Cloud first, blue sky thinking, granulation, growth hacking.
Regretfully, when it comes to abusing that kind of jargon in job ads, Washington state is the country’s biggest offender.
A recent analysis of 6.3 million online job descriptions posted in the United States, the United Kingdom, Canada and Australia in April by online publishing tool Canva looked for 40 commonly used phrases such as “team player,” “core competency” and “take it to the next level.”
It found that Washington is the most prolific state in the nation when it comes to jargon-filled job ads. Out of every 1,000 Washington job ads placed, 593 of them contained code-like acronyms, technical babble or business buzzwords that are used and understood in some professions, but vague, overused or difficult to understand for the average person.
The professions most likely to use jargon in ads are information technology, marketing, finance and business, human resources and media, the analysis found.
Jargon can have a legitimate role in help-wanted ads, according to Michael Handford, a professor of applied linguistics at Cardiff University.
“If I write an advertisement and the phrase ‘applicant must have expertise in corpus linguistics, and be fluent in R’, then this jargon will perform a very important and justifiable gate-keeping role — this is what the job requires, so there’s no point in applying if you don’t have those skills. I don’t think anyone has a problem with this type of jargon,” he said.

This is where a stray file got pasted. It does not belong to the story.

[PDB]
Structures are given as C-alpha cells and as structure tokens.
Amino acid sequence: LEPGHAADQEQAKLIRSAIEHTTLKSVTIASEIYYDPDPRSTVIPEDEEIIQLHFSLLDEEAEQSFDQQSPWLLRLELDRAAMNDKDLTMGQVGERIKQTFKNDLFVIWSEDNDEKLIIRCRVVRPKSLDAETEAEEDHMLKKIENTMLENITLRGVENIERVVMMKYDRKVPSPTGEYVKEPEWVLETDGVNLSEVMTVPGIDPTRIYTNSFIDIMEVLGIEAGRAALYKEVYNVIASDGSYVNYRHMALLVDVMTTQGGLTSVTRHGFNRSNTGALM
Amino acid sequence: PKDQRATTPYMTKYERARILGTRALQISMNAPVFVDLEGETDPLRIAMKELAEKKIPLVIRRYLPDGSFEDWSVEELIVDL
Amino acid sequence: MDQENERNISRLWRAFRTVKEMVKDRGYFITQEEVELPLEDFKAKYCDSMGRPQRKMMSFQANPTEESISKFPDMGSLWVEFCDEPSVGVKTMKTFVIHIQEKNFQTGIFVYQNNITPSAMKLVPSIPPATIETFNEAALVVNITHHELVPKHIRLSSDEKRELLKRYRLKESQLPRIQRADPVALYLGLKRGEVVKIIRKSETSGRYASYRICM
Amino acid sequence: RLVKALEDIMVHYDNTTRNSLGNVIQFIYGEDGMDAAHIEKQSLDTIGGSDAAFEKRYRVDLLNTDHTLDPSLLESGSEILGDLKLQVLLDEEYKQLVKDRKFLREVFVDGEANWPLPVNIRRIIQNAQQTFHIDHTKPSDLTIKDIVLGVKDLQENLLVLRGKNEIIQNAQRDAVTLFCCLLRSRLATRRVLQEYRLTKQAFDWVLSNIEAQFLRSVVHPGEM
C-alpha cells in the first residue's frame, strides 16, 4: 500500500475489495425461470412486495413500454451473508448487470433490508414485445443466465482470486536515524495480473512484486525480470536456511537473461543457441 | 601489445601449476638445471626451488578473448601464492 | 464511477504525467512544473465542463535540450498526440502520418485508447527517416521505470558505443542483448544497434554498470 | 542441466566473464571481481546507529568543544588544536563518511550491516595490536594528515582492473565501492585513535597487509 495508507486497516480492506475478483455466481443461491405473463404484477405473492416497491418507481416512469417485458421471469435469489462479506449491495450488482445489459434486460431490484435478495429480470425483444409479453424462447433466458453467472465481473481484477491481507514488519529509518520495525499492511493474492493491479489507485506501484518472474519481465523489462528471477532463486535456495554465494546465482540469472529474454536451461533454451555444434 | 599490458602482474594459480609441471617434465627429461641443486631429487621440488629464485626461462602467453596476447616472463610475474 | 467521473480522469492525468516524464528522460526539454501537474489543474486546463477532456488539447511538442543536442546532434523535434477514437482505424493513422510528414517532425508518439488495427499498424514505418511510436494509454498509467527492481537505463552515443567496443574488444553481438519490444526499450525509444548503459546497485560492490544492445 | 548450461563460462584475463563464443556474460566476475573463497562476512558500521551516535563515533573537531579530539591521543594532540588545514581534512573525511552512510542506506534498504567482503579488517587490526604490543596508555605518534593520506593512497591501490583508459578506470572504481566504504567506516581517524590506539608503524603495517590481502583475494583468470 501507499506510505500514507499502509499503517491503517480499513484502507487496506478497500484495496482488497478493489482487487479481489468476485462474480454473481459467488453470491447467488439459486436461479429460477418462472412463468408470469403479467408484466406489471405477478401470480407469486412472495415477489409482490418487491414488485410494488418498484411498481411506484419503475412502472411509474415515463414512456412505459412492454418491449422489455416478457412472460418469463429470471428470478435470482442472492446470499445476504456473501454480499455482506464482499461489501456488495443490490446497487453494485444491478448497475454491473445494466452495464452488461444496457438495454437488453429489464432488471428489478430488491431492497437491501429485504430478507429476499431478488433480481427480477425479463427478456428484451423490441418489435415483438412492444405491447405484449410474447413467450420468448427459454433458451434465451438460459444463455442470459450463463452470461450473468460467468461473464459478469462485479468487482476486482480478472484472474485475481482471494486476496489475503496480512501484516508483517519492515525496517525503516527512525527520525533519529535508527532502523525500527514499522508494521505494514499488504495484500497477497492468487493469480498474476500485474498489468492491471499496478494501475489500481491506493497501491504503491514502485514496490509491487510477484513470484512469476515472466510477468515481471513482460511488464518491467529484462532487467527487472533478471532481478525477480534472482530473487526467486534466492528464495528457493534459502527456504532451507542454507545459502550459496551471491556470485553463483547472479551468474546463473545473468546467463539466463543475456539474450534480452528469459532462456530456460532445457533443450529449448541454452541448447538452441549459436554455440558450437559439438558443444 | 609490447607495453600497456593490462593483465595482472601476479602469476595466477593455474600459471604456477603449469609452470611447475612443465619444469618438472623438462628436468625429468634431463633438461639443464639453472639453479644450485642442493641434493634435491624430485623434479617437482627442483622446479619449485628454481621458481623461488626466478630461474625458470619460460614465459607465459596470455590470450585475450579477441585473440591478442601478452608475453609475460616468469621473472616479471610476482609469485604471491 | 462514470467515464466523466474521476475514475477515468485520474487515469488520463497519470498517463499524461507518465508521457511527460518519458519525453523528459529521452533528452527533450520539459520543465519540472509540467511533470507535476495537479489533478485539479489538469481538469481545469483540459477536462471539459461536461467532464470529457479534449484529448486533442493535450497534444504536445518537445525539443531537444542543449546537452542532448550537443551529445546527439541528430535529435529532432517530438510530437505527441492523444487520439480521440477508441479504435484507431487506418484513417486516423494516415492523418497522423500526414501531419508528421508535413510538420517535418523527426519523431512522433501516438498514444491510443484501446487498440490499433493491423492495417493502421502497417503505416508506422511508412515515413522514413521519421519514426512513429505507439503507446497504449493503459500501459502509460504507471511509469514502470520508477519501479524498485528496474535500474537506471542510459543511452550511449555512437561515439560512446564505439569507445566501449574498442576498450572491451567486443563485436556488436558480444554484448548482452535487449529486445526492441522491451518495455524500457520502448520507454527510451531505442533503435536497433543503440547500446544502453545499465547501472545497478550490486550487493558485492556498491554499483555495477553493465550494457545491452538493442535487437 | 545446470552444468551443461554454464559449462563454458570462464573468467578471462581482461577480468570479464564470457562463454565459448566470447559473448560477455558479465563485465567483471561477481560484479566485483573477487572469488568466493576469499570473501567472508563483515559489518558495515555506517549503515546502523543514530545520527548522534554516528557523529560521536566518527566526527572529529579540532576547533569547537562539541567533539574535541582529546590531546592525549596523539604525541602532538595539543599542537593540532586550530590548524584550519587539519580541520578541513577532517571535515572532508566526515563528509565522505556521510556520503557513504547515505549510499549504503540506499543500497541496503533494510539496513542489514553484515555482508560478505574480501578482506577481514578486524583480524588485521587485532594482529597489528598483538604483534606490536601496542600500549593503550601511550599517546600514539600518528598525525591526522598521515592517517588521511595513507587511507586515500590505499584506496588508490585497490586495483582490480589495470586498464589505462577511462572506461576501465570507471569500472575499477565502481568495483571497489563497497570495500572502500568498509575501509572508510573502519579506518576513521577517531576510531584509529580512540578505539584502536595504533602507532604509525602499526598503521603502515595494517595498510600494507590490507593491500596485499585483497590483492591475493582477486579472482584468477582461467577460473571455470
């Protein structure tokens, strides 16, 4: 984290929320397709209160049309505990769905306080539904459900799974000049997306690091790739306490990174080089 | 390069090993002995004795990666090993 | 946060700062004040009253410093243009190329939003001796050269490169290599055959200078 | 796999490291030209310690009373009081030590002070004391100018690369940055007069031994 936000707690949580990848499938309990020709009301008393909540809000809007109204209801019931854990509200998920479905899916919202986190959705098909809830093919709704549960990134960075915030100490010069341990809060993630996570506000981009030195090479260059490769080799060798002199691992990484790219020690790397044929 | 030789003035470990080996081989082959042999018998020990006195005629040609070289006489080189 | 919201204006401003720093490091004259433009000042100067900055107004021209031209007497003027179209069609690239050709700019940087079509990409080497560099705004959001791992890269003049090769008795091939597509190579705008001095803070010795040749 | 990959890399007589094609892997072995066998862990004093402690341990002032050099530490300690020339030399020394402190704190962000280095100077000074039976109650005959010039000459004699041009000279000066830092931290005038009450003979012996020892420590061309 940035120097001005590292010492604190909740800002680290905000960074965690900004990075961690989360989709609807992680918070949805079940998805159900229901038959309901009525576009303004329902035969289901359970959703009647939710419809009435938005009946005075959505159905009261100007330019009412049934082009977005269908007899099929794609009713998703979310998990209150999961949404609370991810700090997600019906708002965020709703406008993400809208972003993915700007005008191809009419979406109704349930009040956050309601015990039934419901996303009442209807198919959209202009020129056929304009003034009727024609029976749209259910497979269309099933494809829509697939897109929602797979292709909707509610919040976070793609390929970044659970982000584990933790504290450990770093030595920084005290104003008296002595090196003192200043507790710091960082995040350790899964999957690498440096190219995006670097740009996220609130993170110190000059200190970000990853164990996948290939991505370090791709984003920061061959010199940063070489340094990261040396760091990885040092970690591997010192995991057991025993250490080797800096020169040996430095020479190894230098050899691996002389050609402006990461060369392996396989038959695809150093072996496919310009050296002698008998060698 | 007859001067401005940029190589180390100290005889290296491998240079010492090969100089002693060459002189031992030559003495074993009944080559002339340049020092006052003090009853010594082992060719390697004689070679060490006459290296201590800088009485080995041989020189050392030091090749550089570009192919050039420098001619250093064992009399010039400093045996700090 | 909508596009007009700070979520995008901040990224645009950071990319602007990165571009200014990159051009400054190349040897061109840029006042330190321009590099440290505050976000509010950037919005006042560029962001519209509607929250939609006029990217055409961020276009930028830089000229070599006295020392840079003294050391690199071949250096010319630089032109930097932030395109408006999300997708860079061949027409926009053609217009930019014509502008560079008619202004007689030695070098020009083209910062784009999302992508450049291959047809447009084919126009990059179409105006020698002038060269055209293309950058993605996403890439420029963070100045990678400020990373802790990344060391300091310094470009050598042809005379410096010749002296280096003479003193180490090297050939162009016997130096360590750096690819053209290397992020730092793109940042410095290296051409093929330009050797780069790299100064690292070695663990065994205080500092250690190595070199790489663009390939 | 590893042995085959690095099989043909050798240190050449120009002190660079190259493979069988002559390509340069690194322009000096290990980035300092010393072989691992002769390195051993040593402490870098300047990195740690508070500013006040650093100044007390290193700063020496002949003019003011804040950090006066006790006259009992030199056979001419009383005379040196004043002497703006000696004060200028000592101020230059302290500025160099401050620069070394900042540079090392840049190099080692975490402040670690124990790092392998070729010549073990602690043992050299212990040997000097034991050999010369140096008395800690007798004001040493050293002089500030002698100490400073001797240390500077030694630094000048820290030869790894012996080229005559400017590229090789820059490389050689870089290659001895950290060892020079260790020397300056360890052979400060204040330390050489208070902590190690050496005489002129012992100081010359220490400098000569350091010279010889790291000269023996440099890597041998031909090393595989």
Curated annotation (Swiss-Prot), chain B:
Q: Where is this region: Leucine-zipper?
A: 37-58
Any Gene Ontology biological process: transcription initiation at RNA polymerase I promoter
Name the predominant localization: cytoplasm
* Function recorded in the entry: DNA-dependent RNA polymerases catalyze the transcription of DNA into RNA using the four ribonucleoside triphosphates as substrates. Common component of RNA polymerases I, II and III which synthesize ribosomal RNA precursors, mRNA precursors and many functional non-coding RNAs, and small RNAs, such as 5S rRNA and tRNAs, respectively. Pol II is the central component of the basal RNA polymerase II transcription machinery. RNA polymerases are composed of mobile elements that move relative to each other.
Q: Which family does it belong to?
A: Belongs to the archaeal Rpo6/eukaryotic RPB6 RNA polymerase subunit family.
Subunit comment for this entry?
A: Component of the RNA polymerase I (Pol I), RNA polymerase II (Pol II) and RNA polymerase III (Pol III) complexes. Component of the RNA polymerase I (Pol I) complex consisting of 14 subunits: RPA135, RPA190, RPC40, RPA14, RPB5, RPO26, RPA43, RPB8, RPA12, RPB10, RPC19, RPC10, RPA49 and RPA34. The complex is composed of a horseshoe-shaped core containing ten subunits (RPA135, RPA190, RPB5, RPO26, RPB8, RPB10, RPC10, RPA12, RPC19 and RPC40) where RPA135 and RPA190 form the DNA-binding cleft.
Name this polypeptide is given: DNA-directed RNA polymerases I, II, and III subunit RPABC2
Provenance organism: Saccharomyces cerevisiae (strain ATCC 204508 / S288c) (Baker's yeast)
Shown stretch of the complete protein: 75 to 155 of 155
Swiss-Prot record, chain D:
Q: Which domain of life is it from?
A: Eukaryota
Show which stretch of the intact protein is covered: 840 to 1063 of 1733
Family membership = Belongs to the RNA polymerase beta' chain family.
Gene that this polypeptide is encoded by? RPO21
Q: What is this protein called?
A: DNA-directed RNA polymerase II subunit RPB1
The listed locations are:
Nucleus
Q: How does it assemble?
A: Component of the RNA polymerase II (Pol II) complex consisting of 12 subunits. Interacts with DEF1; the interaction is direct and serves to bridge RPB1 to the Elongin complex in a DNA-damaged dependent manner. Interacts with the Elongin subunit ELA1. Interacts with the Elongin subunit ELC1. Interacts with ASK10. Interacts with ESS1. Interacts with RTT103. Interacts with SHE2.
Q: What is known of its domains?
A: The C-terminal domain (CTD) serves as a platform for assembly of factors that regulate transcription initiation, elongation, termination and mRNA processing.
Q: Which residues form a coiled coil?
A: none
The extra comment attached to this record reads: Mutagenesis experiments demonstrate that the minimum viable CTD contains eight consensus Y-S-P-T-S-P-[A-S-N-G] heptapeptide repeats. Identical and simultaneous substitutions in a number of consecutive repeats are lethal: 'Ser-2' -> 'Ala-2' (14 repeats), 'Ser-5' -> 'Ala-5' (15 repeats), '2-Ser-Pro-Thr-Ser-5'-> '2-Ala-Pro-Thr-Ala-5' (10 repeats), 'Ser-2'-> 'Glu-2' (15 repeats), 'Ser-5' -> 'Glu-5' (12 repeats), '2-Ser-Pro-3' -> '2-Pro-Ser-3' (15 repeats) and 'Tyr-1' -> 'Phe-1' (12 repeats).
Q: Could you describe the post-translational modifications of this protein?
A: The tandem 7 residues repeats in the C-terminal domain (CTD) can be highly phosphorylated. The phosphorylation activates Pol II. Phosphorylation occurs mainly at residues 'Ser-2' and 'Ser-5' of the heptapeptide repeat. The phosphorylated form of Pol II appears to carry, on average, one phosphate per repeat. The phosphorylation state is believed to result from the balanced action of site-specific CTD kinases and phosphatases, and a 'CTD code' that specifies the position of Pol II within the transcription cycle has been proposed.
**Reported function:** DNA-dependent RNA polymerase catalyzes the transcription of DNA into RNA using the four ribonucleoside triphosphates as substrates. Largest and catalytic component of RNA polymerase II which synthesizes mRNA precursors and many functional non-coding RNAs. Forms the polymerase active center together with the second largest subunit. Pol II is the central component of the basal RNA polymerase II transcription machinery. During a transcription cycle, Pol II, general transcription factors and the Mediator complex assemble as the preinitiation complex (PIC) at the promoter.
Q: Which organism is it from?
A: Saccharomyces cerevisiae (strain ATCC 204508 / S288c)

But jargon relating to a particular mindset (“doer,” “self-starter,” “go-getter,” “team player”), or a willingness to perform in the role right from the start (“hit the ground running,” “proven track record,” “proactive,” “take it to the next level”), or to a set of terms that are business clichés concerning intelligence, problem-solving skills and creativity (“laser-focused,” “think outside the box,” “blue sky thinking,” “thought shower,” “peel the onion”) is different, he said.
“I’d envisage that many people would find this latter group relating to creativity … as particularly egregious, even ludicrous,” he said.
Remember, he said, the purpose of a job advertisement is to attract potential employees, not put them off.